Reports Bennett Morgan.
The latest batch of poll results out of the United Kingdom show Labour maintains a lead of up to 1% over the Conservative Party, whilst other results show the two traditional main-block parties even.
In May 2010 Britain faced it’s most uncertain election result ever. David Cameron had expected a clean-sweep for his centre-right party which had sat on the sidelines for 13 long years. A month ago victory was certain, now as Mr. Cameron sat glumly in his limousine nothing was certain at all.
For days Britain descended into chaos. Dissatisfaction with the two major parties, especially Labour, had left Britain with no clear government. With the world facing economic meltdown, and Britain a £100b+ deficit, the three major parties agreed a coalition should be in order, and only unity would able Britain to recover. What was it to be? Labour/Lib Dem or Tory/Lib Dem. It was up to Nick Clegg, and for days Brown and Cameron tried to persuade the kingmaker. Many suspected the Lib Dems to choose Labour, a natural alliance, as many Lib Dems had spent decades fighting the Conservatives. Eventually the Lib Dems chose the Conservatives who had won the most votes and most seats. Cameron,though, was utterly determined to govern alone by 2015. The Lib Dems suffered massively with their decision to side with the centre-right, sliding within weeks from 25% support to less than 10%. In that same period Labour quickly rose ahead of the Tories, climbing as high as 40%.
To make matters worse for the Conservatives, several decisions including the much detested ‘Bedroom tax’ and other austerity measures hammered the party as low as 27% in the polls. With the decline of the Lib Dems and the Conservatives, Labour grew – but not for long. The UK Independence Party quickly sprouted with its hardline opposition to the EU and immigration. UKIP, a party of libertarians and hardcore Thatcherites, had grown little since it’s inception in the 90s. Nigel Farage, keen to grow the party into new demographics, painted the party as a more conservative party with the desire to return to ‘the way things were’ and keep Britain ‘British’. This appealed to older votes and the party bloomed.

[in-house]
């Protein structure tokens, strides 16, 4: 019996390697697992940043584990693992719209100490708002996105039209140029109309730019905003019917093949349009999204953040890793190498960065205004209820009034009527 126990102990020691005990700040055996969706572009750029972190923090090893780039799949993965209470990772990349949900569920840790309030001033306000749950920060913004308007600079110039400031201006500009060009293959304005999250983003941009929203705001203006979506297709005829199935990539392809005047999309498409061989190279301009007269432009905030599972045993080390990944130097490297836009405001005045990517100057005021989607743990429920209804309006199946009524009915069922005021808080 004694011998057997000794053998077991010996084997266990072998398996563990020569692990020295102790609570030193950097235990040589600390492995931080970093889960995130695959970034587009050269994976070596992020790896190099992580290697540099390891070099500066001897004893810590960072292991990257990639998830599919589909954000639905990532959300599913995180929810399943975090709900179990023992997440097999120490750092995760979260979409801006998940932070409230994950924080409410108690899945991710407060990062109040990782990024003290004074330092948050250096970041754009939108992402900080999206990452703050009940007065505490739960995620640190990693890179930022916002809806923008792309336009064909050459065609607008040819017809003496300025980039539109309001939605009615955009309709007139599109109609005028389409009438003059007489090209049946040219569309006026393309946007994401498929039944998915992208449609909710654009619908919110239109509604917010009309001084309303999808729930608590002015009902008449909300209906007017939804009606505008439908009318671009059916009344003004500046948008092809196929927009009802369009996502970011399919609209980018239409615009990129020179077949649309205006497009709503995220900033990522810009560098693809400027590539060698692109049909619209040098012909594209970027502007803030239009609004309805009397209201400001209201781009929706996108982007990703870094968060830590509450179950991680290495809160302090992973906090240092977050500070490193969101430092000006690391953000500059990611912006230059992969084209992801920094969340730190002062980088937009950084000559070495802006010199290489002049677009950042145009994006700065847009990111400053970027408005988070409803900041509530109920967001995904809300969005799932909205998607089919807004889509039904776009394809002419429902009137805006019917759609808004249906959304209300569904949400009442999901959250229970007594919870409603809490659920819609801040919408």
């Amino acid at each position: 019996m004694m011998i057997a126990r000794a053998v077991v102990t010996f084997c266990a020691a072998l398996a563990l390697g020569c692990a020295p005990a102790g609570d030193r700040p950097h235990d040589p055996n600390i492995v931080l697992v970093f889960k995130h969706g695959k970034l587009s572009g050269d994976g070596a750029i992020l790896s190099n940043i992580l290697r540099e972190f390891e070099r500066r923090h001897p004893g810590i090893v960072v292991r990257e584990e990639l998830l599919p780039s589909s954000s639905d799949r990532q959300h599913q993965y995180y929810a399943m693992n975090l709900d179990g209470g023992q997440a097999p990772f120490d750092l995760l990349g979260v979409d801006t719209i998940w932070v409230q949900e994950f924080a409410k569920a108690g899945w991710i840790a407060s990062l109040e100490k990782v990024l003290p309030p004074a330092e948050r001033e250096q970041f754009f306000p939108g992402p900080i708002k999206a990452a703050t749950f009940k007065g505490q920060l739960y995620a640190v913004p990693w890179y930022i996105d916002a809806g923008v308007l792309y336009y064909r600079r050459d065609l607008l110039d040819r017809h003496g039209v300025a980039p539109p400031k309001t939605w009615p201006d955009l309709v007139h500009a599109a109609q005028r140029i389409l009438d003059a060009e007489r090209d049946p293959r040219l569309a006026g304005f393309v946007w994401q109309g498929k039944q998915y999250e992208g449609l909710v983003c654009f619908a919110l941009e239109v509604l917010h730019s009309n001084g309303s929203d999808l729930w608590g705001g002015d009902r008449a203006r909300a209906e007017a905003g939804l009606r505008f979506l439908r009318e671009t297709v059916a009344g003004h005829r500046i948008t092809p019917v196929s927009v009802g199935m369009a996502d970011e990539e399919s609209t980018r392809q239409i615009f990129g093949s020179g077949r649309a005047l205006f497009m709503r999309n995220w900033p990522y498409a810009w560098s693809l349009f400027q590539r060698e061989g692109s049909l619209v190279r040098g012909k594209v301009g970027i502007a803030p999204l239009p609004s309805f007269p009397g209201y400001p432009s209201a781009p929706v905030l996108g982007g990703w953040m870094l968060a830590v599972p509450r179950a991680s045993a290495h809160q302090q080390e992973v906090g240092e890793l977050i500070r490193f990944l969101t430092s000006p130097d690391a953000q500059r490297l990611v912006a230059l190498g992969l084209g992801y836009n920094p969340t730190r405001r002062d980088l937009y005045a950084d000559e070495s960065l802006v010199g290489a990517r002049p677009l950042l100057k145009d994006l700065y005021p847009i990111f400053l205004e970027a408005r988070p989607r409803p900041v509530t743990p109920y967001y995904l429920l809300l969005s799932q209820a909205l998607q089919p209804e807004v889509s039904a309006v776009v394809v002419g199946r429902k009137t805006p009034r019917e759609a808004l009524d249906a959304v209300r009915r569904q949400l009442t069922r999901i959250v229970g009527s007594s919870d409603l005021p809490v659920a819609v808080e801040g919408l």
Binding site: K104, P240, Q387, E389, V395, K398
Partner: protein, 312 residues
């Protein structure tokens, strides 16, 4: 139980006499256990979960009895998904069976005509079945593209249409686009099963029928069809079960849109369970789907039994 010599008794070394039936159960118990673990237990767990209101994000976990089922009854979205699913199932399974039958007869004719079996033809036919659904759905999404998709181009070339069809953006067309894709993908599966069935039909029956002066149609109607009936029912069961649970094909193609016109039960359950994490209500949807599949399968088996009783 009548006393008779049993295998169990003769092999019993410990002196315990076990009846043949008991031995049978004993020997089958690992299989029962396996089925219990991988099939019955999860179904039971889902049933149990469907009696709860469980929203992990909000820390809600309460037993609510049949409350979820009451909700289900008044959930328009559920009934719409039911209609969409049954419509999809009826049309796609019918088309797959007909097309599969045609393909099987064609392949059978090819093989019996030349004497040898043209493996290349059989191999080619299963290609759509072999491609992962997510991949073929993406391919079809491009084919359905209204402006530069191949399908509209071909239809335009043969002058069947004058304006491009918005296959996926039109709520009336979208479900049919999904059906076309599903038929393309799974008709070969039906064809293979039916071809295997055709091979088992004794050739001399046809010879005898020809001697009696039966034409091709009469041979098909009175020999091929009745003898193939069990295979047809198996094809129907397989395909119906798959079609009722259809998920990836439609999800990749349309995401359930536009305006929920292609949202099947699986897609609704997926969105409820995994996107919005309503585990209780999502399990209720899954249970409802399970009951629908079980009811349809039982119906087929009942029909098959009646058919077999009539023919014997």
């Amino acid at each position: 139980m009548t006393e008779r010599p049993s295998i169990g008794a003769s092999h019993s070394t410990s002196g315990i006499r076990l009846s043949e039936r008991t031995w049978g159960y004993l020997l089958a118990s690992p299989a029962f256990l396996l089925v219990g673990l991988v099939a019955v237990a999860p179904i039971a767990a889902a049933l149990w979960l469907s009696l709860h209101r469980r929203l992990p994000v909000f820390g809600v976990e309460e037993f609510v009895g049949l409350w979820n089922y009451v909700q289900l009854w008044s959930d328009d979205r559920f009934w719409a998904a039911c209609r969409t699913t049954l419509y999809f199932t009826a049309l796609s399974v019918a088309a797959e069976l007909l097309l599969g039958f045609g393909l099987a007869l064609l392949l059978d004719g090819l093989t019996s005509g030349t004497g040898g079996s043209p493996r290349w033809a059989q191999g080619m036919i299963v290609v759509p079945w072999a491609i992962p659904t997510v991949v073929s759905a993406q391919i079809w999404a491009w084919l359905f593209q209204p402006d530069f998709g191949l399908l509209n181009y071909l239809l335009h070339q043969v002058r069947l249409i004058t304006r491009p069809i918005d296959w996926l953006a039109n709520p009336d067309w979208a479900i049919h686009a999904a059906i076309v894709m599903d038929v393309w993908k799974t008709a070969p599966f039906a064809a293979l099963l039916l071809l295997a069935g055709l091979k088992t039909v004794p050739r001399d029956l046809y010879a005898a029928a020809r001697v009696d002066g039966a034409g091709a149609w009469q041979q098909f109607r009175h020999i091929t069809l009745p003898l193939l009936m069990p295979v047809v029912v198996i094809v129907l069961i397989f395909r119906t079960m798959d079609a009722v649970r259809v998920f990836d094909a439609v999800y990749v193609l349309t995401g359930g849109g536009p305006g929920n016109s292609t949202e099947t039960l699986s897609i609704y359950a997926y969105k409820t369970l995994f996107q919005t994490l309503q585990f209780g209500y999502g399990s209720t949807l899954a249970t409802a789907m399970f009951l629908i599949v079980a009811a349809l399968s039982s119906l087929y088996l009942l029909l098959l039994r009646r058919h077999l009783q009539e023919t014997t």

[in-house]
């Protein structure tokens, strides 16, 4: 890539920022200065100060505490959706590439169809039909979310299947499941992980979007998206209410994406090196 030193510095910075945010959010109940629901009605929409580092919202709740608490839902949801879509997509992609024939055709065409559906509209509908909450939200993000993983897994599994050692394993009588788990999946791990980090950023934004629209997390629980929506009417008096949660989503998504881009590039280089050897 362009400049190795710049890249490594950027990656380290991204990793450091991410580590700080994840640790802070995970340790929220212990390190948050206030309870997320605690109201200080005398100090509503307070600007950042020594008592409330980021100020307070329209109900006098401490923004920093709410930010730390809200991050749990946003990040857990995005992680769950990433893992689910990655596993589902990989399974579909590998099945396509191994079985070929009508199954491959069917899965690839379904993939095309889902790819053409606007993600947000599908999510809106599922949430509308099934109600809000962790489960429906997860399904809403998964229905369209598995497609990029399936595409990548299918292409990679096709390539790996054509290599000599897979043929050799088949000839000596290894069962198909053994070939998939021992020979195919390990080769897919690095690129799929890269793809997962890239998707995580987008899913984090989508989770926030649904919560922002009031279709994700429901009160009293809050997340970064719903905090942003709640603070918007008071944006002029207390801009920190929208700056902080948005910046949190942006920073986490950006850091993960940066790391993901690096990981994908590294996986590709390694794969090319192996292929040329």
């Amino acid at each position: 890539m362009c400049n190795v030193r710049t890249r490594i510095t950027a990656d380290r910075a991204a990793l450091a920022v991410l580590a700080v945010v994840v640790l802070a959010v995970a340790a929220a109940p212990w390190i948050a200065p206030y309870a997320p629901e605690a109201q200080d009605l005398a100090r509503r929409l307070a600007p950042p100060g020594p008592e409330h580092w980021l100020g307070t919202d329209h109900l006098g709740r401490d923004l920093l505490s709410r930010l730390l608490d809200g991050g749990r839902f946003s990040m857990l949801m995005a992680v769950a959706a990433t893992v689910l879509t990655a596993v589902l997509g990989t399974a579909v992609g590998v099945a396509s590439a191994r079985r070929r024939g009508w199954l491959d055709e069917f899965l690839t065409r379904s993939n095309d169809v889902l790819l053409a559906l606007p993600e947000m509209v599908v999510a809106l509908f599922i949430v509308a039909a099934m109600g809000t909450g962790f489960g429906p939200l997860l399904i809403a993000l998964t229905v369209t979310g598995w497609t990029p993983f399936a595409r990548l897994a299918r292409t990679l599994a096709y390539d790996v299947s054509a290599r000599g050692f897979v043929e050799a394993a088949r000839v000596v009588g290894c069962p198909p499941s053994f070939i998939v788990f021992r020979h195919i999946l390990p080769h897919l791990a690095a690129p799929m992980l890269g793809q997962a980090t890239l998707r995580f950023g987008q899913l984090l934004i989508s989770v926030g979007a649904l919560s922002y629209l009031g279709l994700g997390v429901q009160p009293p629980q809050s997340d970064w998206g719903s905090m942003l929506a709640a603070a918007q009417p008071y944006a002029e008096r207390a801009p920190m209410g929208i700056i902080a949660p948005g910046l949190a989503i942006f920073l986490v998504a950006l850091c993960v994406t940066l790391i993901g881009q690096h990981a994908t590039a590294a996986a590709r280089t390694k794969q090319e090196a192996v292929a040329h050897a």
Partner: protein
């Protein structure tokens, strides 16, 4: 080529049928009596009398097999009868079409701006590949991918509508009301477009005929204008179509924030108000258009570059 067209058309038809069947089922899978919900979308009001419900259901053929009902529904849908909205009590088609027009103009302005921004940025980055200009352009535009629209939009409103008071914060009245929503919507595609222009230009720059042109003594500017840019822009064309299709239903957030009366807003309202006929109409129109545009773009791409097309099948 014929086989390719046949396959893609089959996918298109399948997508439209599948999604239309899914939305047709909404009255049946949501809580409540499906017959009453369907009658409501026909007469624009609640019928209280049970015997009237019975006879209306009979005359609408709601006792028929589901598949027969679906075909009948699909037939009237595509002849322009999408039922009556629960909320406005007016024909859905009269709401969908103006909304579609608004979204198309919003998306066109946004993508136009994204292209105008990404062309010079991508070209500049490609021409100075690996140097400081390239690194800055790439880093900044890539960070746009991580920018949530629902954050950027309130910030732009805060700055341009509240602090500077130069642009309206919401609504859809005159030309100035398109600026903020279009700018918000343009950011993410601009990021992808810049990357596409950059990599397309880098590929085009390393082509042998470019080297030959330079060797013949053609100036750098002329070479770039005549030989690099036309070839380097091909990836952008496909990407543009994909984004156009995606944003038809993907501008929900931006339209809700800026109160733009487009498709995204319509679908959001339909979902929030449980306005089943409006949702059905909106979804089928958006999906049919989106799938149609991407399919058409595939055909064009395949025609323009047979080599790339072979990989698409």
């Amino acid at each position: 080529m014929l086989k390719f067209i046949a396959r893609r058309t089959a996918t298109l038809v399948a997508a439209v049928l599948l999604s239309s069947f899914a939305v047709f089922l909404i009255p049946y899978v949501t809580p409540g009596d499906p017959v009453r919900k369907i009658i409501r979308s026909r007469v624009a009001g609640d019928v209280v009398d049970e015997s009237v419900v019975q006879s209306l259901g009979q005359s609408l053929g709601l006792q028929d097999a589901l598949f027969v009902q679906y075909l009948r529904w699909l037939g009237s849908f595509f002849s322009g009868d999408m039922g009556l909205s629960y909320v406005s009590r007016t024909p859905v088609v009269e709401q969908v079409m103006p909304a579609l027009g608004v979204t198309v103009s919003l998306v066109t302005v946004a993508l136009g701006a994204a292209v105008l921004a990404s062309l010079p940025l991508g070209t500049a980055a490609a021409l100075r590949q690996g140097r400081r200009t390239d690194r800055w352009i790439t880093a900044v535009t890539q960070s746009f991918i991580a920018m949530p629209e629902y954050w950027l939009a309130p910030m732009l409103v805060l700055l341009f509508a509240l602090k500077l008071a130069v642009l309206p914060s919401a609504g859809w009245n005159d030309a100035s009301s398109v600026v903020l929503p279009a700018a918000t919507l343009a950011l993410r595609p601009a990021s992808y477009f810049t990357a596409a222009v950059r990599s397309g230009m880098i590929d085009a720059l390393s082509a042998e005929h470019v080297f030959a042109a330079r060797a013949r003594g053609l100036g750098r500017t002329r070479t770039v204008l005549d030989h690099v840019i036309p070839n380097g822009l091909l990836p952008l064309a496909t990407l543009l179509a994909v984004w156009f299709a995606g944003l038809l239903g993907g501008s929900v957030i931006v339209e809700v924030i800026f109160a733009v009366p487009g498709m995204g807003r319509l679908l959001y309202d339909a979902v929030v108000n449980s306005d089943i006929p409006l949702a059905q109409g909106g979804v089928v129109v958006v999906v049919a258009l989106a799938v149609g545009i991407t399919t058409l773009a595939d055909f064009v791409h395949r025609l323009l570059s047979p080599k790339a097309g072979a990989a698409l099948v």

Enter 2014/15 and Labour has fallen dramatically from it’s high-point of 40% to as low as 29% now. Similarly the Conservatives continue to struggle with an unfixable leak of it’s support bleeding away to UKIP and the new far-right. Similarly in the north of England UKIP is appealing to the working class, who traditionally vote Labour, with promises to defend the NHS (National Health Service) and control immigration. In the south the Greens are expecting to pick up as many as 7 seats.
The once two-party Britain is now a five party Britain, perhaps even more. The Scottish National Party has ballooned in support since the Scottish referendum and is expecting to make life hell for the dominant Labour Party.
With both major parties failing to appeal, the days of coalitions, divisions and confusion are far from completion. Whichever government Britain has post May; Cons/UKIP, Cons/UKIP/LD, Cons/LD, Labour/LD, Labour/SNP/LD, Labour/SNP, Labour/SNP/Green, Britain is likely to descend into further political chaos. The government will be due for massive unpopularity, unstable finances and a whole country, Scotland, itching to leave.